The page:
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Colorimetric analysis has been a popular technique within the field of chemistry, specifically for measuring the concentration of compounds within a solution. The concept is simple: a light source at a specific wavelength passes through a sample of interest onto a calibrated detector. The amount of transmitted light detected by the sensor is then used to determine the concentration of the substance.
Through this process, compounds, enzymes, and other analytes (substances) can be detected with a high degree of accuracy.
“These sensors work differently than the technique described above. They change color based on recognizing a particular analyte – for example, an abused substance, some environmental contaminant, or a pesticide,” says Dr. Andrea Holmes, Professor of Chemistry at Doane University in Nebraska. “These arrays are a specific combination of color sensors with a very specific pattern. It’s almost like a unique fingerprint.”
Technological Innovation in Colorimetry
Until recently, the identification of analytes had been constrained to a laboratory setting, requiring expensive equipment and trained staff to prepare and interpret the chemical analyses. As a result, field applications needing on-demand chemical testing – such as the detection of explosives – must rely on heavy instruments with power requirements and extension cords.
Along with her team of researchers, Holmes is looking to change that. She has been working on developing portable, deployable solutions within the colorimetric array space – solutions that have implications for the hemp and cannabis industries as well.
“I decided to pursue a technology that everybody knows – inkjet printing. You can go to any office supply store and buy one,” says Holmes. “You can make a very specific formulation so that the consistency, the thickness, and the viscosity are just like the ink that you use in your printer cartridge. Once we achieved that, we were able to inject our sensors into empty ink cartridges, put them in the printer, and print the arrays.”
While a seemingly simple process, “it took a lot of manpower, a lot of hours, and a lot of money to get it down to that simple technology. Now, the arrays can be easily printed on a piece of paper and depending on the application, you get to custom-pick what kinds of sensors are deposited on the paper,” says Holmes.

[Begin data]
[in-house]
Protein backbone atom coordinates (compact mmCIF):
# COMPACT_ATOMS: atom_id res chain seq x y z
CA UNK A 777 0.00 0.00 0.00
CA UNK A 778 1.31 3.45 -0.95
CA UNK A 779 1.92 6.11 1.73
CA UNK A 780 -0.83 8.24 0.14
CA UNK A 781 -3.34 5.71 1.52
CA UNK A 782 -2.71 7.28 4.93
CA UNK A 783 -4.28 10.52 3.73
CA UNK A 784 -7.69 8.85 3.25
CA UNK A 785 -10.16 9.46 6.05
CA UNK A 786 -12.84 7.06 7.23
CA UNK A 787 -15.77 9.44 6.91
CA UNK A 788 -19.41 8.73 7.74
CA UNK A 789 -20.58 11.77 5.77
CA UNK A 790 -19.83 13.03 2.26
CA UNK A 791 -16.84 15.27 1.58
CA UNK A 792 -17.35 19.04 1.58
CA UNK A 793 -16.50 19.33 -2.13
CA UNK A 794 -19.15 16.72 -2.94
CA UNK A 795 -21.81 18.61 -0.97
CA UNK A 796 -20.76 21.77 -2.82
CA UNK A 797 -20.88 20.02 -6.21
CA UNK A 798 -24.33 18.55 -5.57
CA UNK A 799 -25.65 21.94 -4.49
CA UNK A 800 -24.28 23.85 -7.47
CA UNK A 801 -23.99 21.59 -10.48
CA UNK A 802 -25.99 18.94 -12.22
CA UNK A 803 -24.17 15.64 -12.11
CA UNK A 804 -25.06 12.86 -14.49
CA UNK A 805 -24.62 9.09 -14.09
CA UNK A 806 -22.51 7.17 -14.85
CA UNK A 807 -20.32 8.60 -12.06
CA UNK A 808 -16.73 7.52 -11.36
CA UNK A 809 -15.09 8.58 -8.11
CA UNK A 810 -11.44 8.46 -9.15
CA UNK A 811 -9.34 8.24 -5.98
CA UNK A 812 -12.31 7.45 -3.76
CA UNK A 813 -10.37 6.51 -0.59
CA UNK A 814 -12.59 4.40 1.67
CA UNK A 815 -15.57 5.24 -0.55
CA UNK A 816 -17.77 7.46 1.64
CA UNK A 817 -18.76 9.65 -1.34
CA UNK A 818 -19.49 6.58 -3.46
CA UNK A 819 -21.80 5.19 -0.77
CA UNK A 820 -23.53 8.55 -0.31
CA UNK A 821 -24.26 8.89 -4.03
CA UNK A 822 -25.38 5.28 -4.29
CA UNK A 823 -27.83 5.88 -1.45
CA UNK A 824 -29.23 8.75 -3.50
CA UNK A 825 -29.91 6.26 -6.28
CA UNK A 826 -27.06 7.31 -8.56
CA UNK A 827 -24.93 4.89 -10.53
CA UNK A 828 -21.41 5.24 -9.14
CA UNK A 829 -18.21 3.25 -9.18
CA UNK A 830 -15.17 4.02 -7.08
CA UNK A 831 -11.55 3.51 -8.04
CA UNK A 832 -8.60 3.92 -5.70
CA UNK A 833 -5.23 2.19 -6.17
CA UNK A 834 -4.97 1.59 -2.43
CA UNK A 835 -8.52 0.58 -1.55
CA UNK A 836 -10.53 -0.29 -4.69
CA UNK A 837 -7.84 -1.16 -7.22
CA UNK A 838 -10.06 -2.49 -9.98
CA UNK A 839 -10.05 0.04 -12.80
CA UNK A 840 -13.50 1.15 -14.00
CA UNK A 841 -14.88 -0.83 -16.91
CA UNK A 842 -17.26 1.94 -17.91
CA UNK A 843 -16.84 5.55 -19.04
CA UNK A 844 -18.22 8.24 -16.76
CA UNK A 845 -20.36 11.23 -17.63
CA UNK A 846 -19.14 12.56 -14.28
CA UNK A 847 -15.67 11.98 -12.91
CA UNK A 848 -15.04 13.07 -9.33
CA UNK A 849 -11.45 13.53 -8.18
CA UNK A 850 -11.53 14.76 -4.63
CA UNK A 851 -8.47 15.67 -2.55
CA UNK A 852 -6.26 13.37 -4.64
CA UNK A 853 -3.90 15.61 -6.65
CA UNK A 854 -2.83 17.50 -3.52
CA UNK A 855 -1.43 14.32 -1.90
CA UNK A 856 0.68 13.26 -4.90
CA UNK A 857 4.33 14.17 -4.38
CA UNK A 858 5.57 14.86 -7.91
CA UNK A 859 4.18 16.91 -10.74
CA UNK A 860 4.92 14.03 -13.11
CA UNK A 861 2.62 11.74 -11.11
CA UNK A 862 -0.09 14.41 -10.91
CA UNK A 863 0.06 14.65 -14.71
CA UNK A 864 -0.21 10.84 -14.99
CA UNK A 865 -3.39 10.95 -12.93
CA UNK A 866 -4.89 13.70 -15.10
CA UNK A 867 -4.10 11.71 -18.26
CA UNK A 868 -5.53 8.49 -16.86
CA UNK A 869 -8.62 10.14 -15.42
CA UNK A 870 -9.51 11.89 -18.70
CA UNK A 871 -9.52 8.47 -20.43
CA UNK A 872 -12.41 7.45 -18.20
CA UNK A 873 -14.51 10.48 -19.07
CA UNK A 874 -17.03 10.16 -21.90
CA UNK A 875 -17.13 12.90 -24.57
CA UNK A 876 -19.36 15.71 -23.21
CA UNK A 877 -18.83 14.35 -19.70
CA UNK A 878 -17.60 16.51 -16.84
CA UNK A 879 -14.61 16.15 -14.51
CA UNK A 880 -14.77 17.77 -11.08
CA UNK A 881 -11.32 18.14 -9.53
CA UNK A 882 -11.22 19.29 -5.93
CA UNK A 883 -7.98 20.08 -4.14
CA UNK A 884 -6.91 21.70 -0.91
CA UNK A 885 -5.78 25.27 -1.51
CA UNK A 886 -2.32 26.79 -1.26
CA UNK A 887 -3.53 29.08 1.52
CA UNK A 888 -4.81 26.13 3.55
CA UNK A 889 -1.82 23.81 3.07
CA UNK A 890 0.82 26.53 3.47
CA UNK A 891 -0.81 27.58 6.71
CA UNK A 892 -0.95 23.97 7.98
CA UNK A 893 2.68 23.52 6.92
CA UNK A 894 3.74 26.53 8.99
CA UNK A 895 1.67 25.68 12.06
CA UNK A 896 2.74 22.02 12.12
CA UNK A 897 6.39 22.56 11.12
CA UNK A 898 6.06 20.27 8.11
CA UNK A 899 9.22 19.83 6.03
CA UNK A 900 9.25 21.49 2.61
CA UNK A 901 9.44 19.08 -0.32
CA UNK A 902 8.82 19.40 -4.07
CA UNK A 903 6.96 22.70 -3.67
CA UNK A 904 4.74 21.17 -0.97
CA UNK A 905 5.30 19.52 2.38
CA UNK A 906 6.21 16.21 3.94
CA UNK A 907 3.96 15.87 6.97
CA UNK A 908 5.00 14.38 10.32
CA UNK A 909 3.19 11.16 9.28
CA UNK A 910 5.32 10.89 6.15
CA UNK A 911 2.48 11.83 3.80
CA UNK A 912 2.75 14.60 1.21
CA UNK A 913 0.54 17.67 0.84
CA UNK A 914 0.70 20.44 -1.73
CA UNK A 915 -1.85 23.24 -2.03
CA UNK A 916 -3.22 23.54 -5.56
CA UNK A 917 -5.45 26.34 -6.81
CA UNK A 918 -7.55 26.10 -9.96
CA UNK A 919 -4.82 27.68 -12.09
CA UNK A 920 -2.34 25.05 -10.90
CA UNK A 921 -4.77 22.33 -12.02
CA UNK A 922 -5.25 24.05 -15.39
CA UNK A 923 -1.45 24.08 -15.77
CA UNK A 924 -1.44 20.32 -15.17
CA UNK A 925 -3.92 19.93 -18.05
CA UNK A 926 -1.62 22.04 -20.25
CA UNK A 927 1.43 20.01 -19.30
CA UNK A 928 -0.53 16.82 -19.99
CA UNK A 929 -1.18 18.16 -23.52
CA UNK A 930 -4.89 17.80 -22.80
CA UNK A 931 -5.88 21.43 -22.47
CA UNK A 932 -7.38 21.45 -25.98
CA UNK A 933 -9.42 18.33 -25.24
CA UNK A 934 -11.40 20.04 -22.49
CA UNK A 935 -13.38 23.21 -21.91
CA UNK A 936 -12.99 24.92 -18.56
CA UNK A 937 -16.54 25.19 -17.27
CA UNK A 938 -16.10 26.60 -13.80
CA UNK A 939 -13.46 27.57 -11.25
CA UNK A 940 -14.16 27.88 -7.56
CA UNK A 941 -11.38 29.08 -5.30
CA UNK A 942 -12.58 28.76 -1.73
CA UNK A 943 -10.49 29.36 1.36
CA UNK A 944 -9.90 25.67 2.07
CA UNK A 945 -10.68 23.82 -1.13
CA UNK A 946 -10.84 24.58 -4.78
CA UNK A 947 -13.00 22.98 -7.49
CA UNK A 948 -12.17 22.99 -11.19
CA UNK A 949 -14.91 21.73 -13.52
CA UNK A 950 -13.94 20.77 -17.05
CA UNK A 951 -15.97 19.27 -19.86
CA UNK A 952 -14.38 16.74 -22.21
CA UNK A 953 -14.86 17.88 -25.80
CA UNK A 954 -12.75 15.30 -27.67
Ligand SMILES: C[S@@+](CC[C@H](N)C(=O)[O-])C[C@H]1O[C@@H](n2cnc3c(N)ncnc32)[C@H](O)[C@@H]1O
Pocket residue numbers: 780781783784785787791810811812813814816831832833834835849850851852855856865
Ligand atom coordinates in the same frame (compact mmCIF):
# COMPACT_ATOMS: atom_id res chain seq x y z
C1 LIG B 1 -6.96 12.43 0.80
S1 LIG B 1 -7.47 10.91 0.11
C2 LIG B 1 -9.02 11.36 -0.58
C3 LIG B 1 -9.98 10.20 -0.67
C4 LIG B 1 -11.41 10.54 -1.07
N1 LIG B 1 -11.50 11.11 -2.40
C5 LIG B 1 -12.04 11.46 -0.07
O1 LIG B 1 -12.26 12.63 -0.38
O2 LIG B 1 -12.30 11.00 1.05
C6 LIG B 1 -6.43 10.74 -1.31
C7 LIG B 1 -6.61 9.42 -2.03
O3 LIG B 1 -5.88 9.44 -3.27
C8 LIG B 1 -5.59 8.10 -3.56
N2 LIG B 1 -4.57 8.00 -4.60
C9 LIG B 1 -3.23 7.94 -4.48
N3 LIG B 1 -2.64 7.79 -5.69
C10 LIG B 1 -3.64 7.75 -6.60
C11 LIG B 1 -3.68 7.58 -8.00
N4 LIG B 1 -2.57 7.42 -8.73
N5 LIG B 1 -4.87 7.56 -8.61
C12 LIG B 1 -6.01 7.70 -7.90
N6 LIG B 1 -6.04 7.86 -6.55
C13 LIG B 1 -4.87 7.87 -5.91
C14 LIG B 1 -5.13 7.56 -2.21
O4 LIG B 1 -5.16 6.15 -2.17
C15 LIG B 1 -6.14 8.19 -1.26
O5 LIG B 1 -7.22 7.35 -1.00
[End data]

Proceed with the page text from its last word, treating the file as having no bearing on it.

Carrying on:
Applications for Cannabis and Hemp
In addition to identifying the type of substance, colorimetric arrays can also be used to determine the concentration of a particular element.
This capability could prove particularly useful when testing for concentrations of various cannabinoids in medical and recreational marijuana plants, or ensuring that hemp crops meet Farm Bill regulations.
“Wouldn’t it be great if the farmer could test along the way?” asks Holmes. She continues, “instead of being told by the Department of Agriculture oops no – you have to destroy your entire crop,” which is required if the crop tests above the maximum 0.3% threshold for THC. The financial implications within the hemp industry are substantial: hemp farmers would be able to test for THC concentration in the field, thus being able to determine when to harvest without risking the loss of crops.
Cannabinoids and Contaminants
To further this research within the cannabis and hemp industries, Holmes took a sabbatical year to co-found Precision Plant Molecules, a Colorado-based hemp extraction, and CBD distillate company. There she serves as Chief Growth Officer, focusing on the commercial development of 100% THC-free cannabis products.
“My whole motivation of going to Denver was to investigate whether or not this technology could be used to make a customized cannabis detection system,” says Holmes. “Testing of cannabis started late last year. Preliminary results are really promising, but it’s a project that has to be further investigated. If we continue to have the same success with cannabis as we have with other analytes, then we should be able to identify and quantify the different types of cannabinoids. Then, we can take it a step further and analyze all of the different pesticides that are regulated to identify those types of contaminants [within the crop].”
Biological contaminants, such as fungus, are also top-of-mind when considering contaminants of any cannabis crop. However, these colorimetric arrays are calibrated explicitly for chemical detection and currently cannot detect larger biological molecules or proteins.
Another concern paramount in the extraction industry is the amount of harmful chemical exposure of organic solvents to workers throughout the workday.
“A lot of cannabis extraction processes use hydrocarbon solvents, like butane, pentane, and ethanol. The people that are working in these types of environments are exposed these different types of organic solvents,” says Holmes. “Wouldn’t it be great if we could have a sensor that employee could wear? Developing sensors that can prevent any kind of hazardous exposure for extraction companies is something that’s very close to my heart.”
Future research in colorimetric sensor arrays
In addition to further testing with cannabinoids, Dr. Holmes is working on developing a smartphone app to be used for field testing.
“Everybody I know of, even my parents, all know how to use the camera on their phone. We’re working on figuring out a technology where your smartphone captures the image of the colorimetric array, with software that identifies the analyte. I have a basic code for the software, but it needs to be developed further with more funding,” says Holmes.